JAKARTA, March 21 (ABC NEWS)- A new state-of-the-art Australian embassy, in the making for more than a decade, has officially opened in Jakarta with the help of Foreign Minister Julie Bishop.
The Government began talks on the new highly secure facility after the original embassy was bombed by terrorists in 2004.
Nine people including the suicide bomber died in the attack, and more than 150 people were injured. No Australians were killed.
In the decade since, the Australian embassy staff have been working at a number of locations across the Indonesian capital as the original building was unable to accommodate a doubling of Australian staff.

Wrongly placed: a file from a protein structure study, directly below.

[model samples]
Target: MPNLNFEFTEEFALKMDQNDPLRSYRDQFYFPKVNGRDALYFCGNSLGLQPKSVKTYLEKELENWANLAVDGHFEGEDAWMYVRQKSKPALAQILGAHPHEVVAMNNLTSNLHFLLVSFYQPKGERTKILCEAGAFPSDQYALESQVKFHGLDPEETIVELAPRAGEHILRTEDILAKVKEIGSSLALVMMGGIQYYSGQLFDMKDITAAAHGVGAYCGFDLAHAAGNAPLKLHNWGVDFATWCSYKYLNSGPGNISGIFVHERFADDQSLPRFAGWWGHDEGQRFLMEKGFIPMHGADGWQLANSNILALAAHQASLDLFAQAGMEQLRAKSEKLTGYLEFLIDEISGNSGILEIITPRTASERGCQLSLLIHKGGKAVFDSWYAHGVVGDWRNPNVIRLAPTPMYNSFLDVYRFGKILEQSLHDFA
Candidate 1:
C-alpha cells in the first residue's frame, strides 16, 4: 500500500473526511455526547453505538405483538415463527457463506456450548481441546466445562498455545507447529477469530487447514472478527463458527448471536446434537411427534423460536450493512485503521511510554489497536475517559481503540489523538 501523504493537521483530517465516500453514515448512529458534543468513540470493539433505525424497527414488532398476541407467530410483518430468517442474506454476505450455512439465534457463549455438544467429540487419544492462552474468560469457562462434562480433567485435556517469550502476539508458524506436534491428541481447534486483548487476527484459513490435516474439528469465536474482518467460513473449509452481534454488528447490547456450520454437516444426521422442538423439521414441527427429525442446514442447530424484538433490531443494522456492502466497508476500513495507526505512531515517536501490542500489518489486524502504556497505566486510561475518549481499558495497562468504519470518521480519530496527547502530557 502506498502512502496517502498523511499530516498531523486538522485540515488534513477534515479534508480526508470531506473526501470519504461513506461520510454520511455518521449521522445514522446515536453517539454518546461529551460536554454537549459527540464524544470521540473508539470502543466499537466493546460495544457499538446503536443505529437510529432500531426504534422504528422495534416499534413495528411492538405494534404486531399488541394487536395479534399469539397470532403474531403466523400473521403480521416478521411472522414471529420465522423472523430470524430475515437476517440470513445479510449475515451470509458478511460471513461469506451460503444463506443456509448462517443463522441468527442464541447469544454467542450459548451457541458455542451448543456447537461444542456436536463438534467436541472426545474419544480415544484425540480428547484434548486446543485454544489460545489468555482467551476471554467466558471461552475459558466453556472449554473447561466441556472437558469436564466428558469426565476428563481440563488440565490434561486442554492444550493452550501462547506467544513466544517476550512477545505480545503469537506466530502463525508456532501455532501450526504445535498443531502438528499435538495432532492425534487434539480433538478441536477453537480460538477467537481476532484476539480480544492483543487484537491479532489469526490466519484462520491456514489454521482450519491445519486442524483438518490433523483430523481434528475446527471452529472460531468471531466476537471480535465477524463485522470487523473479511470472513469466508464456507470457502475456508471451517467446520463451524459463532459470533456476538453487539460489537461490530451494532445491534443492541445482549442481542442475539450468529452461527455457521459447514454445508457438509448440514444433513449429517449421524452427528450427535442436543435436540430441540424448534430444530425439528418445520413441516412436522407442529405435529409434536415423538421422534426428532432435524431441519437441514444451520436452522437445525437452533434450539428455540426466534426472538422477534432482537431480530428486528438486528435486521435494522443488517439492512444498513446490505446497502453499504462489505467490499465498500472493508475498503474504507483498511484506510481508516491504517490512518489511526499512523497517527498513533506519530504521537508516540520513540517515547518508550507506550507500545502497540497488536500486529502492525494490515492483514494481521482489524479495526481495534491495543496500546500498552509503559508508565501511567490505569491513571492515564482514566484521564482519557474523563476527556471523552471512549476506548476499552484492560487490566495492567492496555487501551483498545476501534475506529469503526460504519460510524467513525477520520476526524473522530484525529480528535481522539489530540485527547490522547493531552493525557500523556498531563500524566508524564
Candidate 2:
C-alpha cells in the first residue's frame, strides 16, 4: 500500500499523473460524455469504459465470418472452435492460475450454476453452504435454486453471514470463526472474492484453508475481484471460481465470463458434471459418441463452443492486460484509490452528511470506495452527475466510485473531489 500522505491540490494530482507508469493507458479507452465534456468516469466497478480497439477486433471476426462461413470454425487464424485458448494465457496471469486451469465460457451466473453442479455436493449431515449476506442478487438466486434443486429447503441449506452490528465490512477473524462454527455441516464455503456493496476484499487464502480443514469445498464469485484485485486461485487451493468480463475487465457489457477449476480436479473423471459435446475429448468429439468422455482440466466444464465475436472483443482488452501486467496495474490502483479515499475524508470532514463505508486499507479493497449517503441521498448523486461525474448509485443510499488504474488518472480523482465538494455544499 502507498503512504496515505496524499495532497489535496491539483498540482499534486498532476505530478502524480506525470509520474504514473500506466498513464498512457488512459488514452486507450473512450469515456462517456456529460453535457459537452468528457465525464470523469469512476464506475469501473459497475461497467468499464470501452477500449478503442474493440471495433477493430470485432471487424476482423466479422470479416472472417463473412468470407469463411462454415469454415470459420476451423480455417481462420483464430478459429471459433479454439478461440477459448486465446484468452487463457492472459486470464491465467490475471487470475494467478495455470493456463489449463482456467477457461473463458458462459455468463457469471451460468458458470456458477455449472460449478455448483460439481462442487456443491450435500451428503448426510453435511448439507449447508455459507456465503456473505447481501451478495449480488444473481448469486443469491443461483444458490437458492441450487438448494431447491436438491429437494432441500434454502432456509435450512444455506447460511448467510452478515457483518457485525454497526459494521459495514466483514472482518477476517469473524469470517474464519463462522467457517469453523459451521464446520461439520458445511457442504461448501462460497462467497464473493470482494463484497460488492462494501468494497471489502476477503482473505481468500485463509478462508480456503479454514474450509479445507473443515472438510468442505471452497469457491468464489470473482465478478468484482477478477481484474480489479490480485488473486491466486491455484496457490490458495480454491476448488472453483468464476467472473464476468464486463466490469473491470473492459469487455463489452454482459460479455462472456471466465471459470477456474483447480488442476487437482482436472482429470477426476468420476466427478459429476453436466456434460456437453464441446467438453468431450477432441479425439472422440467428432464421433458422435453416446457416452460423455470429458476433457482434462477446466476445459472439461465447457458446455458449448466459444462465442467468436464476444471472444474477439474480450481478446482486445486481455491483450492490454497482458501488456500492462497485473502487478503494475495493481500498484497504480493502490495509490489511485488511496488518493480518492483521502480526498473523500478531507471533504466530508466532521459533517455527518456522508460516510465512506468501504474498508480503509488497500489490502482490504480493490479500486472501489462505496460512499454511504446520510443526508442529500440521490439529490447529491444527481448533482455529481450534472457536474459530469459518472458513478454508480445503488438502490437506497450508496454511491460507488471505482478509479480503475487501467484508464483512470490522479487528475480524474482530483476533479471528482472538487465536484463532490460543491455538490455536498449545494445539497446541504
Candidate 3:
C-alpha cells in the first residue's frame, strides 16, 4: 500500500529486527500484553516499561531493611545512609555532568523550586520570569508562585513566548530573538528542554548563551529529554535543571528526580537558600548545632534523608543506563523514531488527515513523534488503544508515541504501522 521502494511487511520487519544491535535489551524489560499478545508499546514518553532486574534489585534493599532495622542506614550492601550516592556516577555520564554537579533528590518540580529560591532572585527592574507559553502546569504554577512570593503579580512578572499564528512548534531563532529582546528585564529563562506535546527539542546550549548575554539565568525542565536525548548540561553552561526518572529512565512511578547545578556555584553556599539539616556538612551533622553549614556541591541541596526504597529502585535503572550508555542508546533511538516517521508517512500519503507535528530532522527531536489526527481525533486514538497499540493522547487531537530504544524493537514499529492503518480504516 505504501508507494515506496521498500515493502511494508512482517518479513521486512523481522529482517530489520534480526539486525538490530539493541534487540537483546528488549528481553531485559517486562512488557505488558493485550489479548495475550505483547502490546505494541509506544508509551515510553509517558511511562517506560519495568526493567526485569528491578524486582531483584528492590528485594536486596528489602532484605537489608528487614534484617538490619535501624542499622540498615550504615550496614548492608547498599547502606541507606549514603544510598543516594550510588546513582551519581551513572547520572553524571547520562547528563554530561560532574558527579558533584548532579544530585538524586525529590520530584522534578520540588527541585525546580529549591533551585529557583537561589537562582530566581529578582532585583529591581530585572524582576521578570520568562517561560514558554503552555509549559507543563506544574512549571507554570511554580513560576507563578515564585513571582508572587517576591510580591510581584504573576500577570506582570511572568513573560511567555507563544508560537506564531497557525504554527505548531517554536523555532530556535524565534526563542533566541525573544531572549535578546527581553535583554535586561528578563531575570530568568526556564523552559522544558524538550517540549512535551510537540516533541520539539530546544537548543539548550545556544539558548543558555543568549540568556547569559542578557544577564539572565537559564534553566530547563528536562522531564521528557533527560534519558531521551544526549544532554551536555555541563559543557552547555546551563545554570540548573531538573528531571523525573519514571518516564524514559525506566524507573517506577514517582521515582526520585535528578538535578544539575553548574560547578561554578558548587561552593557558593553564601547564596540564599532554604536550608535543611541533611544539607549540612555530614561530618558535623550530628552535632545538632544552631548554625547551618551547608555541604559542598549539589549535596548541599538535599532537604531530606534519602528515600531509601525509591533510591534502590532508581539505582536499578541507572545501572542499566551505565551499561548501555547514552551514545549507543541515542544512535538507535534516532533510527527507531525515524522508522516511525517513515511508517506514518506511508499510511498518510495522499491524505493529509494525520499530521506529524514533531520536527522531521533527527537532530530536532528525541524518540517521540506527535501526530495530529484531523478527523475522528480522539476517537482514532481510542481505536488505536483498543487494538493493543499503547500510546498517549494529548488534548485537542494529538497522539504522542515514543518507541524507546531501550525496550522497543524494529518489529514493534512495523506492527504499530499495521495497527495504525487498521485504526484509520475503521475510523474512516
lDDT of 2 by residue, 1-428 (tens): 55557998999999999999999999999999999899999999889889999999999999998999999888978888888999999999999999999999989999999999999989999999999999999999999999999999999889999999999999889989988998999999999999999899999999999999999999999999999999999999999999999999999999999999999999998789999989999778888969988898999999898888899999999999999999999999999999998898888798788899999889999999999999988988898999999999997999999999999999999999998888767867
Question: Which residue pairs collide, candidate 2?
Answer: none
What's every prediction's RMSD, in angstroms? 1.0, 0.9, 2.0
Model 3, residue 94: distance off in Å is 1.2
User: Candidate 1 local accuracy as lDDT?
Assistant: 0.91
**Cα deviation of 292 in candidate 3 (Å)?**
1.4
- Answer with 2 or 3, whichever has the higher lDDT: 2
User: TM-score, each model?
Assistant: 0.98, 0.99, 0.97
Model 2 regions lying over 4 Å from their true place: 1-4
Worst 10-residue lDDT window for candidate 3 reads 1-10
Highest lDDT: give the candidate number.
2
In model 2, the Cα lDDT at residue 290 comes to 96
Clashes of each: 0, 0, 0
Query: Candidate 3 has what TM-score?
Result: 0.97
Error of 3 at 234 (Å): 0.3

A multi-faith prayer session and a traditional Aboriginal smoking ceremony were keys parts of the ceremony.
The massive complex set on 50,000 square metres of land was built within the original budget of $415 million.
It makes the Indonesian diplomatic post the largest in the world.
The compound can withstand a one in 2,500-year earthquake and can move 600 millimetres in any direction.
It was also built to minimise its environmental impact in central Jakarta.
On the grounds, there is also staff housing and a recreation and medical facility.
But it is the ground’s banyan trees that have seen the embassy enter the Indonesian Guinness Book of Records.
The four massive trees were relocated near the building’s entrance — the biggest relocation of its kind ever undertaken.
Source – abc.net.au (Samantha Hawley)